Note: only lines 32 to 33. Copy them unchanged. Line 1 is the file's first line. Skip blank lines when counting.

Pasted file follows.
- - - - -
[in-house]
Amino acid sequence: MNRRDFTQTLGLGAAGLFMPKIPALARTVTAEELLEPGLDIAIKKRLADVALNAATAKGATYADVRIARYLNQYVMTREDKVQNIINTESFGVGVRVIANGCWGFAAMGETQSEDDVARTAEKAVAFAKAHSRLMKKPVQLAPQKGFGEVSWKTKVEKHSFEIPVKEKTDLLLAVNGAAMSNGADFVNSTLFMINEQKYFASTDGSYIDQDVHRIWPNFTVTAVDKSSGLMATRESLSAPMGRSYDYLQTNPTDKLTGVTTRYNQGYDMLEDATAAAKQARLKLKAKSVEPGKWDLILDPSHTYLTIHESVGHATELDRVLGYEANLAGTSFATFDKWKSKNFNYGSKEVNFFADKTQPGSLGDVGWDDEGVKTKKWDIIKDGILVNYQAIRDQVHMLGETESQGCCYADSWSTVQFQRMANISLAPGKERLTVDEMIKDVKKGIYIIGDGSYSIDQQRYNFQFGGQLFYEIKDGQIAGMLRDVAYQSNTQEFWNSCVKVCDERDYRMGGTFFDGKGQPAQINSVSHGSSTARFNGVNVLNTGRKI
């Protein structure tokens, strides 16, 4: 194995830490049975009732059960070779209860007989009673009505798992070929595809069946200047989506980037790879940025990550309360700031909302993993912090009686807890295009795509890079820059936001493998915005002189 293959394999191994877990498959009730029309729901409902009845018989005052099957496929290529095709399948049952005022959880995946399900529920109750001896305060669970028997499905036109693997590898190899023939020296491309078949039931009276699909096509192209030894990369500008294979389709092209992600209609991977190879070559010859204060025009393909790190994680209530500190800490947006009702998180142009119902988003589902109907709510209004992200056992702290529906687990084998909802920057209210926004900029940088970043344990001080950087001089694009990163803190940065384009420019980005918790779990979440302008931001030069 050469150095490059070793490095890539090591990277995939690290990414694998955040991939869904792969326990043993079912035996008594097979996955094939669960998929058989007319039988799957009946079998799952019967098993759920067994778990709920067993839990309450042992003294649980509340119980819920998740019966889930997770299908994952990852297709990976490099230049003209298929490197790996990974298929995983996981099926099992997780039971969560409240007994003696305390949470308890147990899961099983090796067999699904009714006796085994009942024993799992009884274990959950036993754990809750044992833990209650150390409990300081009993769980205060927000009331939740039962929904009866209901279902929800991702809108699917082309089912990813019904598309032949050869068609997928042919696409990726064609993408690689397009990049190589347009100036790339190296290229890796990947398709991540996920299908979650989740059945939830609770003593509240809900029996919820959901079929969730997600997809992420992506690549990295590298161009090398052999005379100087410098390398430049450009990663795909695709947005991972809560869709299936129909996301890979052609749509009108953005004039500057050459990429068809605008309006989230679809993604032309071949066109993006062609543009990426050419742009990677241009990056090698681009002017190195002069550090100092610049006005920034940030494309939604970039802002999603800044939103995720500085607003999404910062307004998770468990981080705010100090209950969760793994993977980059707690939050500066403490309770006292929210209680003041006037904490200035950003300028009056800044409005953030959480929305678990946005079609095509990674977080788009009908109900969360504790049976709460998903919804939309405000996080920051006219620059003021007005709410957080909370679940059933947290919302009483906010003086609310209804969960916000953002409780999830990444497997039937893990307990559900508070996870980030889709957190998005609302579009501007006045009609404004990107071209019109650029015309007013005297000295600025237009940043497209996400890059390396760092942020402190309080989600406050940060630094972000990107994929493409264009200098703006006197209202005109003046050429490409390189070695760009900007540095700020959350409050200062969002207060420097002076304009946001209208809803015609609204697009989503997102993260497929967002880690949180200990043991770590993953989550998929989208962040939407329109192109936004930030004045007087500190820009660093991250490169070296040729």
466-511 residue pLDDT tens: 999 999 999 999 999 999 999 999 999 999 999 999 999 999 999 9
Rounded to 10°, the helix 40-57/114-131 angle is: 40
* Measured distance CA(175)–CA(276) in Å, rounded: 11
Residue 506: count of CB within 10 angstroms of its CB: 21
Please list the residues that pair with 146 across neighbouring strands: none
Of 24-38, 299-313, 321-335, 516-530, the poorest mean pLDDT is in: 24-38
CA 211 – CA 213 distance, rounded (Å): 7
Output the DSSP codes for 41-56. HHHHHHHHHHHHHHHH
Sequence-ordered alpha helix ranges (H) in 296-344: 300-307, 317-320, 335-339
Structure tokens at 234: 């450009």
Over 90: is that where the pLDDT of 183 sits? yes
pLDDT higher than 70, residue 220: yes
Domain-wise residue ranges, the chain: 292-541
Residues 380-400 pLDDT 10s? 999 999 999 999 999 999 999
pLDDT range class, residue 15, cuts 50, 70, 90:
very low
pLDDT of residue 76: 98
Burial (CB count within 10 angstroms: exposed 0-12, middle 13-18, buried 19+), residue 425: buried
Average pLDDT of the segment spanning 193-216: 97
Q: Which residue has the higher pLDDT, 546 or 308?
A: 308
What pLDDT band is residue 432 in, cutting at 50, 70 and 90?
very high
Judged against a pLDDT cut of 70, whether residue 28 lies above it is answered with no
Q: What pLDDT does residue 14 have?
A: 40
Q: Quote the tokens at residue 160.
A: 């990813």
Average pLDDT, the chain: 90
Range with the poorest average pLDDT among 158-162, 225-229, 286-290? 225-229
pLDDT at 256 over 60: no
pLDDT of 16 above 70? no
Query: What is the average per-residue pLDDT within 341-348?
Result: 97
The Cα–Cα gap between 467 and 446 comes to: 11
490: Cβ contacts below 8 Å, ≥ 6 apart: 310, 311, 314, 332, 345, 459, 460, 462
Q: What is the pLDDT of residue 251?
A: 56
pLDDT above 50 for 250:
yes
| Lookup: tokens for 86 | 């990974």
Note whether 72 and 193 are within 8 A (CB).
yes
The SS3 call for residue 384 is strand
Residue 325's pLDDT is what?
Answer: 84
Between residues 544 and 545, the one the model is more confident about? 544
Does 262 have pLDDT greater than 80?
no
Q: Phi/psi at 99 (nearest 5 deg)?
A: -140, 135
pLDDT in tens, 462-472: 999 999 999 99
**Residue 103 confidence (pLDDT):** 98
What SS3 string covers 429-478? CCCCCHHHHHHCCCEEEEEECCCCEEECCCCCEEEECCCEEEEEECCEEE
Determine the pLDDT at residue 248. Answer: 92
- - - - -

Average pLDDT, the chain: 90
Range with the poorest average pLDDT among 158-162, 225-229, 286-290? 225-229